Seahawks: 6 candidates to be potential salary cap cuts in 2022

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The Seahawks have a healthy amount of cap room in 2022 with somewhere around $50 million in projected space. However, as Pete Carroll has pointed out, much of it will be spent on their own free agents. Keeping Quandre Diggs, Duane Brown and all of the other important pieces to retain won’t come cheap.

With a few ruthless cuts here and there, Seattle could still be near the top in terms of spending money if the goal is aggressively rebuilding their roster this offseason. Here are six veterans who may be salary cap cuts. All salary numbers are from Over the Cap.

DE Kerry Hyder Jr.

(AP Photo/Ralph Freso)

Seattle needs to upgrade its pass rush this offseason and part of that will mean cutting the dead weight off the edge rotation. After posting 8.5 sacks and 32 pressures last season with the 49ers, Hyder managed just 1.5 sacks and 13 pressures for the Seahawks this year despite being on the field for over 500 defensive snaps.

Cap savings: $2,850,000 (post June 1)

DE Benson Mayowa

(AP Photo/Ralph Freso)

It’s the same story for Mayowa, who seems to play well for every team he’s been on except for this one. In 2020, he totaled six sacks and 22 pressures. This year, those numbers dropped to only one sack and six pressures. Mayowa played roughly the same amount of snaps as Hyder.

Cap savings: $3,010,000 (post June 1)

K Jason Myers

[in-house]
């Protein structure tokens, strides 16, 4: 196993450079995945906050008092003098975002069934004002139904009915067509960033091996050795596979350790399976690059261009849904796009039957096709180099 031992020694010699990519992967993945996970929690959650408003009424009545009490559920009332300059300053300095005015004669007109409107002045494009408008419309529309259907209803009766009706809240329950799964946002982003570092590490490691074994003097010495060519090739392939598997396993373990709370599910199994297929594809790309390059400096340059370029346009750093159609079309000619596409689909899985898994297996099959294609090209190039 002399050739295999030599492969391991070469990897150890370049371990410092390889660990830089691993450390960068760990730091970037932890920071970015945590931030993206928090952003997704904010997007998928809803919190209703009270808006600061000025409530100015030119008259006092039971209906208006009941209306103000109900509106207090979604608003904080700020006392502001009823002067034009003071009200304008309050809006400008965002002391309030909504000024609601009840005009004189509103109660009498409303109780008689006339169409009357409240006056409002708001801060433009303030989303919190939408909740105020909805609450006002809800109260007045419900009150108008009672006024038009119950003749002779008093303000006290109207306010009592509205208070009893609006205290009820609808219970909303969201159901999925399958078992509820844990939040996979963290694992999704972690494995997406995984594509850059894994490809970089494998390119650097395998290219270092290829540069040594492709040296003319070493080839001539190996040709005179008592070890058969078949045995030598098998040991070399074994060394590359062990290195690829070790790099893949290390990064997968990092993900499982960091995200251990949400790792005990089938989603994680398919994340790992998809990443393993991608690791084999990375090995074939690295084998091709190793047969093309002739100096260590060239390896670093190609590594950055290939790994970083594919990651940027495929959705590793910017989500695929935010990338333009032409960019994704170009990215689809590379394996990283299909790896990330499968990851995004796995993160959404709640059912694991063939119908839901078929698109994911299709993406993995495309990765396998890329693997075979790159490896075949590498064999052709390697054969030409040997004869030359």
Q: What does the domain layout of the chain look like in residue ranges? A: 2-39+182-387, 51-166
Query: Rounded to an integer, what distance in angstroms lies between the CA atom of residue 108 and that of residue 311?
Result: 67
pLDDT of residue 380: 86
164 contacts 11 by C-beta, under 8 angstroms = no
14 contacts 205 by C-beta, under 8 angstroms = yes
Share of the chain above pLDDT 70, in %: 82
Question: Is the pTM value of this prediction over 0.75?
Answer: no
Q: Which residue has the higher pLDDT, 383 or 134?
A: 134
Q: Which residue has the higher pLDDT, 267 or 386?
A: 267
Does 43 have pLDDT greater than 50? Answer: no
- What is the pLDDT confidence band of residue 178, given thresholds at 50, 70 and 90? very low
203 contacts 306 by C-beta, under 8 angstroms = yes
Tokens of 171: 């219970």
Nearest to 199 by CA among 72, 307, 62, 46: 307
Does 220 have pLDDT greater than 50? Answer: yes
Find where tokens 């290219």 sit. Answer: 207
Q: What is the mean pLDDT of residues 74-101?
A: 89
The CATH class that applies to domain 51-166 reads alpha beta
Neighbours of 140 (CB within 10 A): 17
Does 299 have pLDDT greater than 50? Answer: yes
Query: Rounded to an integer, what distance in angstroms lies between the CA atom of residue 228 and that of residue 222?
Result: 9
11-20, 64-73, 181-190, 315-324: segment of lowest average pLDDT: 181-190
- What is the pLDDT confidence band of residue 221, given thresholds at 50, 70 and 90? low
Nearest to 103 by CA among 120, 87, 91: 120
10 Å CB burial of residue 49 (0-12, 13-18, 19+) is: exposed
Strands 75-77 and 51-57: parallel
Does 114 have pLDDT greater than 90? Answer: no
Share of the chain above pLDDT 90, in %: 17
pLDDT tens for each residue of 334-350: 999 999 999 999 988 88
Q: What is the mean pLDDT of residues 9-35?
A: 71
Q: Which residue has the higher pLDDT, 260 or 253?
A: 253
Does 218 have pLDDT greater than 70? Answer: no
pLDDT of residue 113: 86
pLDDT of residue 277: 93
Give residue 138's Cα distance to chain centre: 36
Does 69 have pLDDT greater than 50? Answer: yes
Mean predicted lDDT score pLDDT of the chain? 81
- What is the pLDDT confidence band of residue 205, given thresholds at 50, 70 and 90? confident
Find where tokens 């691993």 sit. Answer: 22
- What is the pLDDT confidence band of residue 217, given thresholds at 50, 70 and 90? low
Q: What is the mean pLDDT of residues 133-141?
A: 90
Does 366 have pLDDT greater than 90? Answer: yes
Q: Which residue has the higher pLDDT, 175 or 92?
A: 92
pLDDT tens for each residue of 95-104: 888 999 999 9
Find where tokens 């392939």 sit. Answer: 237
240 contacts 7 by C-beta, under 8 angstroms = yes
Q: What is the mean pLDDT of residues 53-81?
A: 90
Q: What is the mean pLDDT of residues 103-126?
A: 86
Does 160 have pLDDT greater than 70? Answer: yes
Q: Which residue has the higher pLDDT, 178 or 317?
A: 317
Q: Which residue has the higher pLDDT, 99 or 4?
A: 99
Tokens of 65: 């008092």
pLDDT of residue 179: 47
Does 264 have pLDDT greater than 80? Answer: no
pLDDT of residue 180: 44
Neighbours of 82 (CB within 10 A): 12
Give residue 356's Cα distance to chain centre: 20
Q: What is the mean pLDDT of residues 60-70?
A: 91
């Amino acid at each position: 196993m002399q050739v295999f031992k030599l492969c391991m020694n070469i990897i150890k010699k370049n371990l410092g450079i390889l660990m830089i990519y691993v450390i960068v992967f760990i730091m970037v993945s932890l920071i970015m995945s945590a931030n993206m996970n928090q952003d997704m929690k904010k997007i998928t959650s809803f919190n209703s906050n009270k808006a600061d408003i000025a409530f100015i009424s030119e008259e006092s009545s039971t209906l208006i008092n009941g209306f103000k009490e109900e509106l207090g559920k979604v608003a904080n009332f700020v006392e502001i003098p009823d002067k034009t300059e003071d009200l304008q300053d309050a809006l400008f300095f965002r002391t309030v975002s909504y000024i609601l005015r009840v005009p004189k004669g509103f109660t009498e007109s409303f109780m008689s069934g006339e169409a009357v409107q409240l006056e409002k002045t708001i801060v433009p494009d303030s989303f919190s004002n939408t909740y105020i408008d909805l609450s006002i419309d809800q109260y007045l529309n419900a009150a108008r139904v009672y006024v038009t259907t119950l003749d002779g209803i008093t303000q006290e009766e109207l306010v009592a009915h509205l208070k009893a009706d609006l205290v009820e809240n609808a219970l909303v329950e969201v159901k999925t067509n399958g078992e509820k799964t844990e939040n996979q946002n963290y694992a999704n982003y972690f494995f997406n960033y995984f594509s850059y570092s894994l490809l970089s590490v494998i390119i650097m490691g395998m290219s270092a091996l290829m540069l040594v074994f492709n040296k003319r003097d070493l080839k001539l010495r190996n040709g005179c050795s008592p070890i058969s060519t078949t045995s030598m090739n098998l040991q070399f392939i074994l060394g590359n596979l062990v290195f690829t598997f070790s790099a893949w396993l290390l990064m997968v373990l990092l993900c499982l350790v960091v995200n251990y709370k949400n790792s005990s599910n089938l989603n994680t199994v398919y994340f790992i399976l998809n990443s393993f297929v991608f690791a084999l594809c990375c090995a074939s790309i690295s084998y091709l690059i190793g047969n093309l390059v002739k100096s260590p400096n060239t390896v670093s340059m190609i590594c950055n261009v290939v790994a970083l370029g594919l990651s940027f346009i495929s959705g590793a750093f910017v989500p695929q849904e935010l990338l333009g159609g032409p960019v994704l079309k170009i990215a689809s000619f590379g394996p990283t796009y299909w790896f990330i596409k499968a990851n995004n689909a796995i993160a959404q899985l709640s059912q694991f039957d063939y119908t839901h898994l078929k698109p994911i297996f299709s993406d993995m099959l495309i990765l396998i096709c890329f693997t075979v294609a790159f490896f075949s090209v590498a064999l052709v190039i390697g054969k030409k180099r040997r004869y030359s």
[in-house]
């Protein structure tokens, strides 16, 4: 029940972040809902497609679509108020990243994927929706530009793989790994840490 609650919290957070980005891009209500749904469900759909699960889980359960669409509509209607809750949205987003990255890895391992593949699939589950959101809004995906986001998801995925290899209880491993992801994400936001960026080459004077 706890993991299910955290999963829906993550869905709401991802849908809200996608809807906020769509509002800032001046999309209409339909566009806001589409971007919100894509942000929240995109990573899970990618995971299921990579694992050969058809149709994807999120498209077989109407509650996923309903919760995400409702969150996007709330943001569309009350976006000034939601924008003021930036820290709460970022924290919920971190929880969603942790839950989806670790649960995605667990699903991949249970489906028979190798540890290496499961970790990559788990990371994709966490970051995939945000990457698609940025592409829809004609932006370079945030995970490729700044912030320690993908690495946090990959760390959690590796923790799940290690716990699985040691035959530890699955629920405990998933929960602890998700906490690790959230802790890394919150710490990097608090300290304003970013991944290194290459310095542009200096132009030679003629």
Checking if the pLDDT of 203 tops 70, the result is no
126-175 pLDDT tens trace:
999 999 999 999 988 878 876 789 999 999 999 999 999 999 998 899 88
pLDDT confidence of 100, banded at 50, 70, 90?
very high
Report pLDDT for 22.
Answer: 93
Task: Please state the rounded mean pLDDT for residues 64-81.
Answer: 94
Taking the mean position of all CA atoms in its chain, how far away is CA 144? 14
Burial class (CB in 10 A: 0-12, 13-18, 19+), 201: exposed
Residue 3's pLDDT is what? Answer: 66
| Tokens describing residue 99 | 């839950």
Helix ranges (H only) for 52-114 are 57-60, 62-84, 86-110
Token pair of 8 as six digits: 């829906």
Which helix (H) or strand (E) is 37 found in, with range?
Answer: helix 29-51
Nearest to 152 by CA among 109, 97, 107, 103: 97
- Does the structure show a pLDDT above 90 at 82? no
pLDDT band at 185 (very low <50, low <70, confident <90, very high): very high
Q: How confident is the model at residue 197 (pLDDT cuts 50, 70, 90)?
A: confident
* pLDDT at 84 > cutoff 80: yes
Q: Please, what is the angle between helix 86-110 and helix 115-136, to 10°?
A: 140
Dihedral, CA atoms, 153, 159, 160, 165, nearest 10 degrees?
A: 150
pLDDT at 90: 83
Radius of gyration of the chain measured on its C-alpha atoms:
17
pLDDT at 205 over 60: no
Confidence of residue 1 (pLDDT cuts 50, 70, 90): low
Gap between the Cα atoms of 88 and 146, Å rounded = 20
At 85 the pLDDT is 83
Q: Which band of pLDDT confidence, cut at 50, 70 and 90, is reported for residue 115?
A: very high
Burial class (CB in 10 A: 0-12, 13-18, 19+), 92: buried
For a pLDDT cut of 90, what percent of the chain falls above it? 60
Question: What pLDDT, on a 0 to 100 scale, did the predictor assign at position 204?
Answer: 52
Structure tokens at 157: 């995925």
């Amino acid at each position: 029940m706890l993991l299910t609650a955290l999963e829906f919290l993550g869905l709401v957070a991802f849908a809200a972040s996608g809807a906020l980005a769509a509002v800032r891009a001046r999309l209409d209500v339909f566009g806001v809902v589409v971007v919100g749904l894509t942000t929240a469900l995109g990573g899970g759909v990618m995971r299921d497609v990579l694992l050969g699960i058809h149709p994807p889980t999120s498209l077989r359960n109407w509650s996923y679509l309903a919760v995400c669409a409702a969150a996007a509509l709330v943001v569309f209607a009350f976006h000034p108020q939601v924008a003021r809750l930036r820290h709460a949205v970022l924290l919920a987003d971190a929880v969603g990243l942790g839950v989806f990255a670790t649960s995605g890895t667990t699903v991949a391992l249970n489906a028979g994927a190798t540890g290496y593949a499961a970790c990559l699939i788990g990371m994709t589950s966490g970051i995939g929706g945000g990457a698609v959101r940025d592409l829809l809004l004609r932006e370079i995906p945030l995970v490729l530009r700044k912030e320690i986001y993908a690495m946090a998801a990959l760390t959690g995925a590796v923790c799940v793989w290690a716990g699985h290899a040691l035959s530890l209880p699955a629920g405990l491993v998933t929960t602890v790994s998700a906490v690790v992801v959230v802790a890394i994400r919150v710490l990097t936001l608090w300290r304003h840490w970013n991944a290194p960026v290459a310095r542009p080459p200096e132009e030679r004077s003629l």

Thomas Shea-USA TODAY Sports

The recurring theme here is a strong 2020 performance followed by a major dropoff in 2021, and nobody fell off harder than Myers. After going a perfect 24/24 on field goal attempts last season, Myers only made 17 of 23 attempts this year (73.9%). He could bounce back next season, but Seattle might move on and find a cheaper, younger kicker.

Cap savings: $4 million (post June 1)

RB Chris Carson

(AP Photo/Ted S. Warren)

The NFL is a brutal business, especially to physical running backs who get injured. Carson is in a particularly precarious position due to a long-term neck issue that raises questions about his future. He also has to contend with the likelihood of the late-blooming stud Rashaad Penny taking over his spot as the team’s starting running back. Keeping Carson to back Penny up is probably the right move, but it’s far from a sure thing.

Cap savings: $4,925,000 (post June 1)

RG Gabe Jackson

(AP Photo/Stephen Brashear)

Jackson did his job pretty well at right guard in 2021, earning decent but not great grades in both run blocking and pass blocking. However, his position and his contract make him relatively expendable. Re-signing and promoting Phil Haynes to start full-time at LG and moving Damien Lewis back to the right side is something coach Pete Carroll should consider.

Cap savings: $6 million (post June 1)

LB Bobby Wagner

(AP Photo/Elaine Thompson)

The most difficult call Carroll will make this offseason is what to do with Wagner, a future Hall of Famer who is starting to show signs of decline. Despite everything he’s done for this franchise, Wagner’s contract puts him in a real bind. Unless he’s willing to take a significant paycut, Seattle may decide it’s time to move on and make Cody Barton their new MLB.

Cap savings: $16,600,000 (post June 1)

Total savings

(AP Photo/Ted S. Warren)

It’s hard to imagine the Seahawks would actually cut Wagner – a move that could be costly for their locker room culture if nothing else. Even if they decide to keep him, these other cuts would carve out enough extra cap room to make a run at one huge free agent name, or two medium-sized contracts.

Total cap savings cutting Wagner $37,385,000

Total cap savings keeping Wagner: $20,785,000

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